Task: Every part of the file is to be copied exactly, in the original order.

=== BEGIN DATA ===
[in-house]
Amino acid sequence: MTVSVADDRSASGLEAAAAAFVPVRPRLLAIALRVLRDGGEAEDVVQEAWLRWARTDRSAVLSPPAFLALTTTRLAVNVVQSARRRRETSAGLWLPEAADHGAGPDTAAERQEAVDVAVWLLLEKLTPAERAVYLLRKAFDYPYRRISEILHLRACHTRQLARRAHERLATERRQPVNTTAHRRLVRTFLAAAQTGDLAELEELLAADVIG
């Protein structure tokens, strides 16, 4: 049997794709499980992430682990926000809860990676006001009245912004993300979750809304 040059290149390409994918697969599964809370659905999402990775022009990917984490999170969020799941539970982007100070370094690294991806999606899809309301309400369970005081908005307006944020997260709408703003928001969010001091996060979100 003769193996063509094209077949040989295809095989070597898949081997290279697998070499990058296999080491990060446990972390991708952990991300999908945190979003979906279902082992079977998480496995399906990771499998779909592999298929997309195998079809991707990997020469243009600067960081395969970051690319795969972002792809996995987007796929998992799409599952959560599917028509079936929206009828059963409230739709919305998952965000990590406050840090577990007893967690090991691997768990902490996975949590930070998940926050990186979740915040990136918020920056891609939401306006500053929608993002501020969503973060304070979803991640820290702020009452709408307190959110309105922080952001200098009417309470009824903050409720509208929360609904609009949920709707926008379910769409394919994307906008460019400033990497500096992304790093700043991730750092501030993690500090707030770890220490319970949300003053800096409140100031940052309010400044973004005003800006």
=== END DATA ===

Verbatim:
[in-house]
Amino acid sequence: MTVSVADDRSASGLEAAAAAFVPVRPRLLAIALRVLRDGGEAEDVVQEAWLRWARTDRSAVLSPPAFLALTTTRLAVNVVQSARRRRETSAGLWLPEAADHGAGPDTAAERQEAVDVAVWLLLEKLTPAERAVYLLRKAFDYPYRRISEILHLRACHTRQLARRAHERLATERRQPVNTTAHRRLVRTFLAAAQTGDLAELEELLAADVIG
């Protein structure tokens, strides 16, 4: 049997794709499980992430682990926000809860990676006001009245912004993300979750809304 040059290149390409994918697969599964809370659905999402990775022009990917984490999170969020799941539970982007100070370094690294991806999606899809309301309400369970005081908005307006944020997260709408703003928001969010001091996060979100 003769193996063509094209077949040989295809095989070597898949081997290279697998070499990058296999080491990060446990972390991708952990991300999908945190979003979906279902082992079977998480496995399906990771499998779909592999298929997309195998079809991707990997020469243009600067960081395969970051690319795969972002792809996995987007796929998992799409599952959560599917028509079936929206009828059963409230739709919305998952965000990590406050840090577990007893967690090991691997768990902490996975949590930070998940926050990186979740915040990136918020920056891609939401306006500053929608993002501020969503973060304070979803991640820290702020009452709408307190959110309105922080952001200098009417309470009824903050409720509208929360609904609009949920709707926008379910769409394919994307906008460019400033990497500096992304790093700043991730750092501030993690500090707030770890220490319970949300003053800096409140100031940052309010400044973004005003800006």